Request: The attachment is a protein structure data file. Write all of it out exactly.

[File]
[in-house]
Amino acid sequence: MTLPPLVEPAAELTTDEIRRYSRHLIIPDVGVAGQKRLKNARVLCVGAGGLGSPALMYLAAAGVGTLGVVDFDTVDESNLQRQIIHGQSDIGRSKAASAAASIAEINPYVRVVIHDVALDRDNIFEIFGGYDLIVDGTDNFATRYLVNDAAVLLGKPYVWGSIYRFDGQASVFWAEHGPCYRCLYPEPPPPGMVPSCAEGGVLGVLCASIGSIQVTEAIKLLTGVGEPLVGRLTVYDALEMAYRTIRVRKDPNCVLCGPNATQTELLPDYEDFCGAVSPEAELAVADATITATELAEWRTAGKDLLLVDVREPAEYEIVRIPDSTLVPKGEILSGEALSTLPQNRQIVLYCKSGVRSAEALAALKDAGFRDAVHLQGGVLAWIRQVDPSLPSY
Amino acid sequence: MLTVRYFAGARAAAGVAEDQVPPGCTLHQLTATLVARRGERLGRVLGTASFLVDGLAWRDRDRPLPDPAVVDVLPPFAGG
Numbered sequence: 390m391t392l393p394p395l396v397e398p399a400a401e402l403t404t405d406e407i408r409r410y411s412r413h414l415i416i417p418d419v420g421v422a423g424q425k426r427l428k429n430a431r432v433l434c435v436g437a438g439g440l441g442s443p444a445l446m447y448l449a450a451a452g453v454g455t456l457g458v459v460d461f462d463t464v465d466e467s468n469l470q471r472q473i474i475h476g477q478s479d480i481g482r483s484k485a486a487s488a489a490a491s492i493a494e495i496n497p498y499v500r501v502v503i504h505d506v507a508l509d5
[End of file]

[in-house]
Amino acid sequence: MTLPPLVEPAAELTTDEIRRYSRHLIIPDVGVAGQKRLKNARVLCVGAGGLGSPALMYLAAAGVGTLGVVDFDTVDESNLQRQIIHGQSDIGRSKAASAAASIAEINPYVRVVIHDVALDRDNIFEIFGGYDLIVDGTDNFATRYLVNDAAVLLGKPYVWGSIYRFDGQASVFWAEHGPCYRCLYPEPPPPGMVPSCAEGGVLGVLCASIGSIQVTEAIKLLTGVGEPLVGRLTVYDALEMAYRTIRVRKDPNCVLCGPNATQTELLPDYEDFCGAVSPEAELAVADATITATELAEWRTAGKDLLLVDVREPAEYEIVRIPDSTLVPKGEILSGEALSTLPQNRQIVLYCKSGVRSAEALAALKDAGFRDAVHLQGGVLAWIRQVDPSLPSY
Amino acid sequence: MLTVRYFAGARAAAGVAEDQVPPGCTLHQLTATLVARRGERLGRVLGTASFLVDGLAWRDRDRPLPDPAVVDVLPPFAGG
Numbered sequence: 390m391t392l393p394p395l396v397e398p399a400a401e402l403t404t405d406e407i408r409r410y411s412r413h414l415i416i417p418d419v420g421v422a423g424q425k426r427l428k429n430a431r432v433l434c435v436g437a438g439g440l441g442s443p444a445l446m447y448l449a450a451a452g453v454g455t456l457g458v459v460d461f462d463t464v465d466e467s468n469l470q471r472q473i474i475h476g477q478s479d480i481g482r483s484k485a486a487s488a489a490a491s492i493a494e495i496n497p498y499v500r501v502v503i504h505d506v507a508l509d5